UK Markets close in 4 hrs 43 mins

TSB boss Paul Pester apologises for IT issues as bank faces scrutiny from regulators

Caitlin Morrison
The retail and commercial bank has been experiencing problems with its online banking and app since a planned weekend update: Reuters

TSB chief executive Paul Pester has apologised to customers for IT failures that have affected online banking and app services for five days running.

The bank’s digital services were taken offline altogether on Tuesday afternoon so the problem can be fixed. Mr Pester said: “Customers can rest assured that no one will be left out of pocket as a result of these service issues.”

In a series of tweets, he said: “I've just resurfaced after 48 hours with my teams who have been working as hard and fast as they can to get our services back up and running. This isn't the level of service that we pride ourselves on providing, and isn't what our customers have come to expect from TSB, and for that I'm deeply sorry.

“We're still seeing issues with access to our digital services. One of the steps we need to take to resolve this is to take our mobile app and online banking down for a few hours. We'll be taking this offline and we hope to be back up later this afternoon. We'll let you know as soon as it's available again.”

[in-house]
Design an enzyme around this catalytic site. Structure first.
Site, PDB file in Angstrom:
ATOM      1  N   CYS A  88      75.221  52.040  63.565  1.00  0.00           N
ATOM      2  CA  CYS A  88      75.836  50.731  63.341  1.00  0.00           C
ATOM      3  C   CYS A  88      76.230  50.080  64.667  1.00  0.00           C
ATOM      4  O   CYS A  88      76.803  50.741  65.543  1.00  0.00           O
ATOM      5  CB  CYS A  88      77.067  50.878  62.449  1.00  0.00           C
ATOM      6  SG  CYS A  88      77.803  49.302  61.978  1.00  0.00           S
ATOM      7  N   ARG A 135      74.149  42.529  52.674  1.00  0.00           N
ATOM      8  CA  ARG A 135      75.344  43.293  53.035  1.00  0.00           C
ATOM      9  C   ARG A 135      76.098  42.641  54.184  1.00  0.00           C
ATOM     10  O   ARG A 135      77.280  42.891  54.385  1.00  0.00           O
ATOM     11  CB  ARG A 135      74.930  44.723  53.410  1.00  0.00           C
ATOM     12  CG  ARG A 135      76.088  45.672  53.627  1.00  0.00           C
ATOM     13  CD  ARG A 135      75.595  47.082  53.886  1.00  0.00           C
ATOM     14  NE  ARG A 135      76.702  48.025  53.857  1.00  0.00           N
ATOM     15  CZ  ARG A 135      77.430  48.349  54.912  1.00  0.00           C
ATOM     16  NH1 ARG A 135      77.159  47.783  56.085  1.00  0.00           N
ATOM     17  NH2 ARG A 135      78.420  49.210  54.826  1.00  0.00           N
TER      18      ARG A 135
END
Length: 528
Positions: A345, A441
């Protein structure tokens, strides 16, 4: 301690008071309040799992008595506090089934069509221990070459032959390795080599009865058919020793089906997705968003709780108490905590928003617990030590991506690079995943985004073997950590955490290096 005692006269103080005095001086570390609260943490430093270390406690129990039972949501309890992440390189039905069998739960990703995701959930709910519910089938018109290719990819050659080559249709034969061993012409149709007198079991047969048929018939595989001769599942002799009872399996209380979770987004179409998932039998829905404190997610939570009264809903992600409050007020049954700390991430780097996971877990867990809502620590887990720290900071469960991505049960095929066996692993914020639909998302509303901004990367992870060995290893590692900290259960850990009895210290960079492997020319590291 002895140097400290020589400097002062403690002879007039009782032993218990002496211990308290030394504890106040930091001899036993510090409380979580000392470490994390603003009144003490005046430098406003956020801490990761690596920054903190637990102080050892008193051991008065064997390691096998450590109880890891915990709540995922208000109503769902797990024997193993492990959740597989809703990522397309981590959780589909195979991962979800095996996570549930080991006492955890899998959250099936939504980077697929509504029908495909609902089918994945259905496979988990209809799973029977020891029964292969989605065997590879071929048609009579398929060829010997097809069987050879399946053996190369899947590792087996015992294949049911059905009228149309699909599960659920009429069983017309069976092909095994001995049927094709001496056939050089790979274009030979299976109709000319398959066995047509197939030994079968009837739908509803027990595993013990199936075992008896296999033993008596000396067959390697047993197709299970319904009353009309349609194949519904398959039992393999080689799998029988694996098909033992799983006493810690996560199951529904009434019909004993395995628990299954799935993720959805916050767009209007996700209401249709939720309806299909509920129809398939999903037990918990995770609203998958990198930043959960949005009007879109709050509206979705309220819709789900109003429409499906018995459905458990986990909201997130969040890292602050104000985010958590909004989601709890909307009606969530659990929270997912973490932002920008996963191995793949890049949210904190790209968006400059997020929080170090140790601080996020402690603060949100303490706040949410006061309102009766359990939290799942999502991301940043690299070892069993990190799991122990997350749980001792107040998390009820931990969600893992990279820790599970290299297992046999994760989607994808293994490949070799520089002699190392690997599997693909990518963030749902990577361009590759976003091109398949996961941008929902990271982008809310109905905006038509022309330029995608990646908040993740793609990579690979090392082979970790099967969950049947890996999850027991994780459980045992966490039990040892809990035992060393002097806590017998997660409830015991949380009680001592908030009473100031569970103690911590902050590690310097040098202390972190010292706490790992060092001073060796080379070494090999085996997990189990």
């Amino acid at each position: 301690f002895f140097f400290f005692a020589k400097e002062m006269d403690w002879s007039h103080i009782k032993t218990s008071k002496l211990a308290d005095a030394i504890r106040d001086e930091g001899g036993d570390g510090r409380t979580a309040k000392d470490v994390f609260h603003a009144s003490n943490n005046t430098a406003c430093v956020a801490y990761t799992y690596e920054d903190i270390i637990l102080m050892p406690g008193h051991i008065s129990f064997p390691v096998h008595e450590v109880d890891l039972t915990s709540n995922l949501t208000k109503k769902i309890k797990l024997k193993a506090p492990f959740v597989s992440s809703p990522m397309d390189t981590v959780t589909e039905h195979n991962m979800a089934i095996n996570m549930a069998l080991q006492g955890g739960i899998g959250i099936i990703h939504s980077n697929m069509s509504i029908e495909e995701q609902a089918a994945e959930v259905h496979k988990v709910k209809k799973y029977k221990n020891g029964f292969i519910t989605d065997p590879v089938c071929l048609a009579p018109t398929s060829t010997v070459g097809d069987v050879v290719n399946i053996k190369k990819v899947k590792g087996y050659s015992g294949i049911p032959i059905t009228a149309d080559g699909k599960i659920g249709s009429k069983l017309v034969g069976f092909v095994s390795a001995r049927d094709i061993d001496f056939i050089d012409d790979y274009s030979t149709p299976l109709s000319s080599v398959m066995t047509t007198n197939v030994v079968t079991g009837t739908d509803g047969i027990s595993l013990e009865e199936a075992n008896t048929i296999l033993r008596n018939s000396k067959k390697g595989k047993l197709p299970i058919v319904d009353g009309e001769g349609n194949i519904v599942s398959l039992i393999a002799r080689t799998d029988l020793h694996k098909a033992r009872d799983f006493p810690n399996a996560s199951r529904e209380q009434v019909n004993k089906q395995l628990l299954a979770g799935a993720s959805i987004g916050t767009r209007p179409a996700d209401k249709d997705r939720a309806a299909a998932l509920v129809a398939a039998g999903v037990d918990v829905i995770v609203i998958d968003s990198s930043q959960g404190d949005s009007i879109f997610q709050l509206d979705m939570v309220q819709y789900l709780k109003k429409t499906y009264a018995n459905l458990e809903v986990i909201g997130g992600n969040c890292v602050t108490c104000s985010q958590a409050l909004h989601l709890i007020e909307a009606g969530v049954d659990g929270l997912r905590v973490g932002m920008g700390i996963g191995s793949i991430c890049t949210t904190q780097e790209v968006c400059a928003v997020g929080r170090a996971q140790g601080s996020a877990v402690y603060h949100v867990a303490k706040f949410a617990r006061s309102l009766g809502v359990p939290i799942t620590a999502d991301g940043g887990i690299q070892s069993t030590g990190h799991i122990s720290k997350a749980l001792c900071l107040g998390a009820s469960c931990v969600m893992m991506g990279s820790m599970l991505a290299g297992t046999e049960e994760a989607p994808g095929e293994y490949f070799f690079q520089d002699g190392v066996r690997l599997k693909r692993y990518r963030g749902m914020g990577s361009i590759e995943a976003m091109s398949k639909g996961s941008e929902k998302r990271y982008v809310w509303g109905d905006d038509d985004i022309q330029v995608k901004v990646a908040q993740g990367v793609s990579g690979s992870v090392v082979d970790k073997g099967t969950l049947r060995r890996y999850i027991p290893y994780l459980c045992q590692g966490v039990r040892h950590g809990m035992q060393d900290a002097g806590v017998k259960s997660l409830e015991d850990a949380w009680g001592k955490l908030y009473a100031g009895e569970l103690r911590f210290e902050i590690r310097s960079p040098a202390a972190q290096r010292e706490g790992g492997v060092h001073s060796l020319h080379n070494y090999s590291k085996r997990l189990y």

The lender is facing scrutiny by UK regulators after IT issues led to customers being unable to access their cash and, in some cases, able to see accounts belonging to other people.

A spokesperson for the Financial Conduct Authority (FCA) said the watchdog is “aware of the issue and liaising with the firm”, while a spokesperson for the Information Commissioner’s Office said: “We are aware of a potential data breach in relation to the TSB and are making enquiries.”

Meanwhile, Nicky Morgan MP, chair of the Treasury Committee, slammed TSB over the IT issues.

“This is yet another addition to the litany of failures of banking IT systems. Potentially millions of customers could be affected by uncertainty and disruption. It simply isn’t good enough to expose customers to IT failures, including delays in paying bills and an inability to access their own money,” said Ms Morgan.

“Warm words and platitudes will not suffice. TSB customers deserve to know what has happened, when normal services will resume, and how they can expect to be compensated.

“I will be writing to the FCA in due course for their assessment.”

In a statement on Monday morning, TSB said that there were still “intermittent issues” with its mobile and online banking services, and that it was “working as hard and as fast as we can to get these up and running”.

However, Twitter users complained that they still were unable to access their TSB bank accounts online on Tuesday morning. TSB’s social media team has said they “don’t have any timescales” they can provide to affected customers.

TSB has been contacted for comment.